The Cockenoe Island Sand Spit did not fare well in it's recent bout with Hurricane Irene.
All of the islands vegetation is gone as well as a foot or so of the top of the spit.
Above is an old metal post, one of many that was exposed with the removal of the vegetation.
My guess is that these were part of a dune grass protection fence from a few decades ago.
Seems like I remember something of that sort.
In this post Irene picture we are looking south. You can use the back round trees as reference point for the next photo.
This photo is the same part of the spit, from summer of 2010.
Here is another shot from 2010, this time looking north towards the mainland.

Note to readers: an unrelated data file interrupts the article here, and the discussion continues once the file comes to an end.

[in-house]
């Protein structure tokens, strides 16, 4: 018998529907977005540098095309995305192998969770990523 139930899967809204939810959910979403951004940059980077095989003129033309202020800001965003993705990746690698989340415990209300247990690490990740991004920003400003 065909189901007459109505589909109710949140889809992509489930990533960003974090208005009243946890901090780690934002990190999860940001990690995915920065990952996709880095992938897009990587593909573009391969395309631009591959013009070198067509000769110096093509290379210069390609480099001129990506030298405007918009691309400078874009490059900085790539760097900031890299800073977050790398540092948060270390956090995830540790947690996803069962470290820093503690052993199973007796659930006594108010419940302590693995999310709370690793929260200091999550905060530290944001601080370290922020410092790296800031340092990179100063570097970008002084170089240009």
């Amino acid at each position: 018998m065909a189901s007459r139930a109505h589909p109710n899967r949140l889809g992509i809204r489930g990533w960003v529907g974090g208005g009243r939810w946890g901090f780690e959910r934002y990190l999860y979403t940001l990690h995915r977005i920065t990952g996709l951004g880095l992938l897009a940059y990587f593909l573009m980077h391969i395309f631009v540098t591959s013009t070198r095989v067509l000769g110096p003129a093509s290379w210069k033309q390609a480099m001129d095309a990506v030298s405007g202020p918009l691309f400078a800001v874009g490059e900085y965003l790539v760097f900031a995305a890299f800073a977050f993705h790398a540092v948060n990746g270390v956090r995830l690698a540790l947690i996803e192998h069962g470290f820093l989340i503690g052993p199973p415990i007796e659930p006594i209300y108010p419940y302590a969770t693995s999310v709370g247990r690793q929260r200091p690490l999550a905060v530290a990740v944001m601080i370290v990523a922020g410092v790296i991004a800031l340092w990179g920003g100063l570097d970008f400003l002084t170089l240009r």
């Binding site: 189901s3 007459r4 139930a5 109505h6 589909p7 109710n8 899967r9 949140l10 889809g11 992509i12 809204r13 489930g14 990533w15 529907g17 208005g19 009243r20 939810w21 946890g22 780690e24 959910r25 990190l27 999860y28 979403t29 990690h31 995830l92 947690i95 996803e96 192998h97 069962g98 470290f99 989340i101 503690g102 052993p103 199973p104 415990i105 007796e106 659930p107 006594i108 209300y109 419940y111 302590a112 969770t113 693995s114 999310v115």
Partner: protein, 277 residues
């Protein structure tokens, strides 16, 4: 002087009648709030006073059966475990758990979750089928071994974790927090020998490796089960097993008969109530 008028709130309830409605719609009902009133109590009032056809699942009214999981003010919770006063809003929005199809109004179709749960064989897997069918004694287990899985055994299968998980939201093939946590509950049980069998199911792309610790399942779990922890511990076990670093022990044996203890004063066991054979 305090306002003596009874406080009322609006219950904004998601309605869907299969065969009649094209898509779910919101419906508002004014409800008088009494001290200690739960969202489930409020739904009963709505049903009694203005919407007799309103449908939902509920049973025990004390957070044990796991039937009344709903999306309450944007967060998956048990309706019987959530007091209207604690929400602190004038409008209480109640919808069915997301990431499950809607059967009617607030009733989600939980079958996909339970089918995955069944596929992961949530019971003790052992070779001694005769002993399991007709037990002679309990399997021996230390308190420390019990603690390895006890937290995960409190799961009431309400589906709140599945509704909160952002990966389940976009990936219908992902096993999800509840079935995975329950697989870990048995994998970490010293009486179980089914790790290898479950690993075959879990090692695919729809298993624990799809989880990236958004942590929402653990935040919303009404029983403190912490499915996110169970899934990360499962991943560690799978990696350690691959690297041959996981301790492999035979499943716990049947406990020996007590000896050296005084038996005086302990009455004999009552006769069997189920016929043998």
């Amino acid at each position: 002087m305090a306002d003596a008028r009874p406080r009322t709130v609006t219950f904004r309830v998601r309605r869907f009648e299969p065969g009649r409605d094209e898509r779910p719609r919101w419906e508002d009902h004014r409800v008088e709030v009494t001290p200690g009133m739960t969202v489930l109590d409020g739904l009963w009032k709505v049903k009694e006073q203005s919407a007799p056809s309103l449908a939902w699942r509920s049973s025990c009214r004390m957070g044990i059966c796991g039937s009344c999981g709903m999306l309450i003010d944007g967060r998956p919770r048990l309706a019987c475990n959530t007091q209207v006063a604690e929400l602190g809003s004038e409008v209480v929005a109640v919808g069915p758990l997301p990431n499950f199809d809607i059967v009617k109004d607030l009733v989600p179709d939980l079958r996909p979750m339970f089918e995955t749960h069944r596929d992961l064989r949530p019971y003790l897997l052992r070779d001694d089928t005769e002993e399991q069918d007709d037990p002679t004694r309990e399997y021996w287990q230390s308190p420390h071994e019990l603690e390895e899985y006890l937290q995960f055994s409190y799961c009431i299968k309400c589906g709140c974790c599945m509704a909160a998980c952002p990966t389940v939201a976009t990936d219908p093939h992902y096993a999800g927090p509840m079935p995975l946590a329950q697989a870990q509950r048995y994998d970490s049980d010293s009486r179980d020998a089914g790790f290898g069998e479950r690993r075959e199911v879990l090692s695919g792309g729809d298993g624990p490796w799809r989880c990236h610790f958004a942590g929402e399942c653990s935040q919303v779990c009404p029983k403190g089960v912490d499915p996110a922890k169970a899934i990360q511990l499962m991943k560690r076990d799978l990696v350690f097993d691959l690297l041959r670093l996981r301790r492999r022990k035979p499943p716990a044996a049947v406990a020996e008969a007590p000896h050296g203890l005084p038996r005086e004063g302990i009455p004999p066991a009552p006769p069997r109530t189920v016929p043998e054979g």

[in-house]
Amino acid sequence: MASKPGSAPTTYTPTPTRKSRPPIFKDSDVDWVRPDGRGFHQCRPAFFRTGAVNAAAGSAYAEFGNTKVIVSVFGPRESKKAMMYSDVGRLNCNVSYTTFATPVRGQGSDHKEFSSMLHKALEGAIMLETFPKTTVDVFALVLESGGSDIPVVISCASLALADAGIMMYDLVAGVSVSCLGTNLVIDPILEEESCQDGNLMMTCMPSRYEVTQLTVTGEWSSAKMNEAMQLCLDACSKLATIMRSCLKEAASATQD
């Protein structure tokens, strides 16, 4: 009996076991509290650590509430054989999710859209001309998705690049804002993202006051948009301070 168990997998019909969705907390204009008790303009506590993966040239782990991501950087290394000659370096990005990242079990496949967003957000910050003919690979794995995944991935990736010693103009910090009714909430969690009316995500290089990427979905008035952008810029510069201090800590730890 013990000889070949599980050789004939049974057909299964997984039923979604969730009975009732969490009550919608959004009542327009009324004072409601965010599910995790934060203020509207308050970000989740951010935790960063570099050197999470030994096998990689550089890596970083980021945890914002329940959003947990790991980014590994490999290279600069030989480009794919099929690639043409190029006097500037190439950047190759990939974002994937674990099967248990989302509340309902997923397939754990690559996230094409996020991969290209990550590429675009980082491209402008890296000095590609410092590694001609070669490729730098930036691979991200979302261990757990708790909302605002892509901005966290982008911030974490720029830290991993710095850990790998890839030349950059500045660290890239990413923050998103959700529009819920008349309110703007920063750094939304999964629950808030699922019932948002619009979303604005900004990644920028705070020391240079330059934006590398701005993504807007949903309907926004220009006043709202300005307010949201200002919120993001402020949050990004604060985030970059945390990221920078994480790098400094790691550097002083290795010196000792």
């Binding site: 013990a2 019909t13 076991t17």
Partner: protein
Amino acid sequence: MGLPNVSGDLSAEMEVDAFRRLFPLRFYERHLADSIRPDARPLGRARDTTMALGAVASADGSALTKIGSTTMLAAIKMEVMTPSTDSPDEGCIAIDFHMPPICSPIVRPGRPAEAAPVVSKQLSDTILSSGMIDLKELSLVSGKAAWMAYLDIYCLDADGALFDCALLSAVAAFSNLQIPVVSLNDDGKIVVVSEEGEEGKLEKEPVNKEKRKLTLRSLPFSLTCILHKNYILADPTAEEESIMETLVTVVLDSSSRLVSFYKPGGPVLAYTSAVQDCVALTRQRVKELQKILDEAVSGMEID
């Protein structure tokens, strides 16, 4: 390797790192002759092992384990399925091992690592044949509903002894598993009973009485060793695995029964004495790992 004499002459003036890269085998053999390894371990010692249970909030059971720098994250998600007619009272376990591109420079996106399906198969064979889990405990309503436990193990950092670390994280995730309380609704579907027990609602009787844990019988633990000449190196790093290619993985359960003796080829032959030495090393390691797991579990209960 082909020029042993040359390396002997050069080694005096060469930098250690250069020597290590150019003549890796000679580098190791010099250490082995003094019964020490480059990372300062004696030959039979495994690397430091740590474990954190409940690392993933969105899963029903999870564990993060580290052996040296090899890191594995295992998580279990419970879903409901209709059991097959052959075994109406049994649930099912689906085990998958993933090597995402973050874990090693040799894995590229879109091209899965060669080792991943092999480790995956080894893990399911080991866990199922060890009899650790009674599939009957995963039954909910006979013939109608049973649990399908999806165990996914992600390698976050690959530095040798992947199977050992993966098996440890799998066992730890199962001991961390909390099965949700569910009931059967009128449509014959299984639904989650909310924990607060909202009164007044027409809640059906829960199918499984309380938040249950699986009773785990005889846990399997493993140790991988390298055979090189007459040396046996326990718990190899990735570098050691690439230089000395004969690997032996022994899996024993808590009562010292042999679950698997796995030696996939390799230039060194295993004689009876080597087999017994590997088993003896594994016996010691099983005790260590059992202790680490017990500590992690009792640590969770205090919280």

Same north facing shot, after Irene.
Check out the small dark projection in the middle of this photo.
It is what was left to the root system of one of the beach plants, this root is about a foot or more in height, it is easy to see where the plant snapped off and how much erosion took place in order to expose the remains of the plant.
The USFW bird fencing has been either ripped out or snapped off and is now on the eastern side of the island.
The metal fence post were either bent 90 degrees or snapped in two.
I tried to pull this line out of the ground, impossible!
It is covered over with so much sand and rock, it might take a backhoe to dig it up.
I'll leave it for the next hurricane or for someone else to find in another fifty years
There is still bird life around, I found six American Oystercatchers at Cockenoe and another fifty three gathered on Crow Island, these were some of them.
A half dozen Osprey were feeding in Norwalk Harbor, here is one carrying an Atlantic Menhaden, one of the ospreys favorite dishes. This fish is locally know as "bunker"